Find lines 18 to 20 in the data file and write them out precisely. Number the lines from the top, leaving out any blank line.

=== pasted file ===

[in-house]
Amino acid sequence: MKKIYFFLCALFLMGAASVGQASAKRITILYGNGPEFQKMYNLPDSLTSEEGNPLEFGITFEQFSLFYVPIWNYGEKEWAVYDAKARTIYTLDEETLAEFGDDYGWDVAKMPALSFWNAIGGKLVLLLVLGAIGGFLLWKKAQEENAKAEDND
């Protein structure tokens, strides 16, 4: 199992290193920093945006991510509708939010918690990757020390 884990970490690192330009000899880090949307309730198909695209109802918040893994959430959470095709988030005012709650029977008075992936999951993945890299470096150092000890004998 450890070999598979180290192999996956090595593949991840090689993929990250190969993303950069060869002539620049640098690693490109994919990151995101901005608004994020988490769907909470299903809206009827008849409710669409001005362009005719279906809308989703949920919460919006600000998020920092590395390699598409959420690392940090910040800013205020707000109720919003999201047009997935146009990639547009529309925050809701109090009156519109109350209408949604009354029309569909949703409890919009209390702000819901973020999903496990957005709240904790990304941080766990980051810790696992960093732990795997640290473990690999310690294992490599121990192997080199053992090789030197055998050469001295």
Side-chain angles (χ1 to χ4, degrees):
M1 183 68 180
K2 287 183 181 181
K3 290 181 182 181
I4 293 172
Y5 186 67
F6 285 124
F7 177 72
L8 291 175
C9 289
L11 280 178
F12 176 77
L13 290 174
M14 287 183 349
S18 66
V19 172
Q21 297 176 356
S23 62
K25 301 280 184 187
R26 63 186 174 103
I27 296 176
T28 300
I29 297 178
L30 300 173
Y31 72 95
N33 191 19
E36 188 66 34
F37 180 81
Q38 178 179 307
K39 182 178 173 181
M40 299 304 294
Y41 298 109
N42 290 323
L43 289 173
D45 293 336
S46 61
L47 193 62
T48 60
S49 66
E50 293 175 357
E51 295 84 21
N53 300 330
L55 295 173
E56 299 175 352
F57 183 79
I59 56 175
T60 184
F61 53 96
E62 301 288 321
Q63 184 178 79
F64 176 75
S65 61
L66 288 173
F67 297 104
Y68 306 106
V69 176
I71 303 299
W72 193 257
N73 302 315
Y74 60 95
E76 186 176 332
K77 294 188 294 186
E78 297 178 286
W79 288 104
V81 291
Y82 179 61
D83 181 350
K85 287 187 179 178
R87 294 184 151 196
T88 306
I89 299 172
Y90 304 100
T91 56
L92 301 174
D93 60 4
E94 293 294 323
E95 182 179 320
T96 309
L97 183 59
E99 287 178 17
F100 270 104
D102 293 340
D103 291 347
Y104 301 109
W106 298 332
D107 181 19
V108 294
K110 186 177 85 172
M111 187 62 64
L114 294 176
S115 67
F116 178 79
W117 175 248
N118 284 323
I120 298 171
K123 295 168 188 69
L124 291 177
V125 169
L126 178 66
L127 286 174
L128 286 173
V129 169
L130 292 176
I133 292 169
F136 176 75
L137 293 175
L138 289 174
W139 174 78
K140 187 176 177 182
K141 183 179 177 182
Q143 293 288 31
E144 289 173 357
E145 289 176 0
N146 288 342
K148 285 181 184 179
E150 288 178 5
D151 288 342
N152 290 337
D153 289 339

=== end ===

S18 66
V19 172
Q21 297 176 356